I have been at my job for three weeks. I am reminded of the opening pages of the Life of Pi:
If you went to a home, kicked down the front door, chased the people who lived there out onto the street and said, “Go! You are free! Free as a bird! Go! Go! –do you think they would shout and dance for joy? They wouldn’t.
In a zoo, we do for animals what we have done for ourselves with houses: we bring together in a small space what in the wild is spread out… A house is a compressed territory where our basic needs can be fulfilled close by and safely. A sound zoo enclosure is the equivalent for an animal. Finding within it all the places it needs, and finding that there is no need to go hunting, food appearing six days a week, an animal will take possession of its zoo space in the same way it would lay claim to a new space in the wild, exploring it and marking it out in the normal ways of its species… One might even argue that if an animal could choose with intelligence, it would opt for living in a zoo.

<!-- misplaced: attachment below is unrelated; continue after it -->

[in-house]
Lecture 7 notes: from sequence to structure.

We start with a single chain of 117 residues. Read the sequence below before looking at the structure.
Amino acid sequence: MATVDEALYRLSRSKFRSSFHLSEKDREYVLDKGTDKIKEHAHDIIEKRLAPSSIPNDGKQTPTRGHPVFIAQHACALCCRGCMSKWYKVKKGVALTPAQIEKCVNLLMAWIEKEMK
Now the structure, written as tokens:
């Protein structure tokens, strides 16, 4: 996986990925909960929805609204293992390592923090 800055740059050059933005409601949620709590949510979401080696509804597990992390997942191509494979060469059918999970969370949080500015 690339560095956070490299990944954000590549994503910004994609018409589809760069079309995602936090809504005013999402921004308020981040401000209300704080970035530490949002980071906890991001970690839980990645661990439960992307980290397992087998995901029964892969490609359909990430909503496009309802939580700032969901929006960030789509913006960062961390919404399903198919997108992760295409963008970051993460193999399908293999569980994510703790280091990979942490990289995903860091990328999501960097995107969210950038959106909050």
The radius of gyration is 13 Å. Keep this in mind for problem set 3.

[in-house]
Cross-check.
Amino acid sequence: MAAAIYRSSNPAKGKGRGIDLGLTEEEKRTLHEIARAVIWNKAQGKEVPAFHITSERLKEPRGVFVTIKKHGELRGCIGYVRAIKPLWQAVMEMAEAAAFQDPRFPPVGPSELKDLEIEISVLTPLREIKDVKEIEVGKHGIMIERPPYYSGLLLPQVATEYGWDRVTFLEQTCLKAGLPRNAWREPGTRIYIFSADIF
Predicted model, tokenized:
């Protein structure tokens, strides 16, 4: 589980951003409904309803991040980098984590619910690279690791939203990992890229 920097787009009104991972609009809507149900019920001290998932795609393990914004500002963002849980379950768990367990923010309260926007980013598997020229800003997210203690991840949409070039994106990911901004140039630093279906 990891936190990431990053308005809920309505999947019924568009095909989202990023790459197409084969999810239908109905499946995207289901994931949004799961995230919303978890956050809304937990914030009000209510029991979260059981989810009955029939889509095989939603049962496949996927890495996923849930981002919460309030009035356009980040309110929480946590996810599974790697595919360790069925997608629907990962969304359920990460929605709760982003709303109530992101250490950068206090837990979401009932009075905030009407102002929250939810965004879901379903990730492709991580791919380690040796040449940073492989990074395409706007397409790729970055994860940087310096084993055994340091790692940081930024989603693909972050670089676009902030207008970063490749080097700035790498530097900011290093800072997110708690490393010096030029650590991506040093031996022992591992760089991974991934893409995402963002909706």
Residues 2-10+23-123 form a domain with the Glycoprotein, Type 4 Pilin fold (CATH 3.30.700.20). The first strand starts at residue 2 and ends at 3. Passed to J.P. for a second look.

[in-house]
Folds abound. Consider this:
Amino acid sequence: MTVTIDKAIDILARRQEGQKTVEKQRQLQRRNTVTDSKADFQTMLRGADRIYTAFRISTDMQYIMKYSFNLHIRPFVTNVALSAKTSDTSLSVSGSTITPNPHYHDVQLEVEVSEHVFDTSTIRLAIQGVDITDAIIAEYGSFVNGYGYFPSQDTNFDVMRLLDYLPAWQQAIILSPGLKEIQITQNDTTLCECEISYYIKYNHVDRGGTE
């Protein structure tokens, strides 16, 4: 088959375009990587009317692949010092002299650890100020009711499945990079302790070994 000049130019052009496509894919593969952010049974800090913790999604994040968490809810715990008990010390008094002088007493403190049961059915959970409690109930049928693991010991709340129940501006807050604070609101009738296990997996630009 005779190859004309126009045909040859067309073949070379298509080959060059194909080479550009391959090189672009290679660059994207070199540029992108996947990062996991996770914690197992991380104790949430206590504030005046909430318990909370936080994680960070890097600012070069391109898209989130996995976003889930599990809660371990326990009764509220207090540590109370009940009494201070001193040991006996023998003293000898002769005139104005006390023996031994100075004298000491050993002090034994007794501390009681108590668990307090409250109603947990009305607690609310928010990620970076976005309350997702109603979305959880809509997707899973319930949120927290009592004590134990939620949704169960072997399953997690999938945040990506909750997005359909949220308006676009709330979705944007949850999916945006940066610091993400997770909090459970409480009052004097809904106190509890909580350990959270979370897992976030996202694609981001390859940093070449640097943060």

Think about it yourself. Would you rather be put up at the Ritz with free room service and unlimited access to a doctor or be homeless without a soul to care for you?
Dear bald eagle soaring over the cliffs of the Columbia River Gorge, wouldn’t you rather live in a cage with no enemies or parasites to harm you? To the lioness who just slaughtered a gazelle after racing across the savannah, wouldn’t you rather eat prepared horse meat from a cat food dish?
I spend my days in a climate-controlled room, sitting in my ergonomic chair with multiple monitors overlooking my kingdom of code. Across the room is a kitchen full of snacks and daily lunch delivery. Don’t I know that cubicle humans are the happiest humans on earth?
1. The Tragedy of Captive-Bred Humans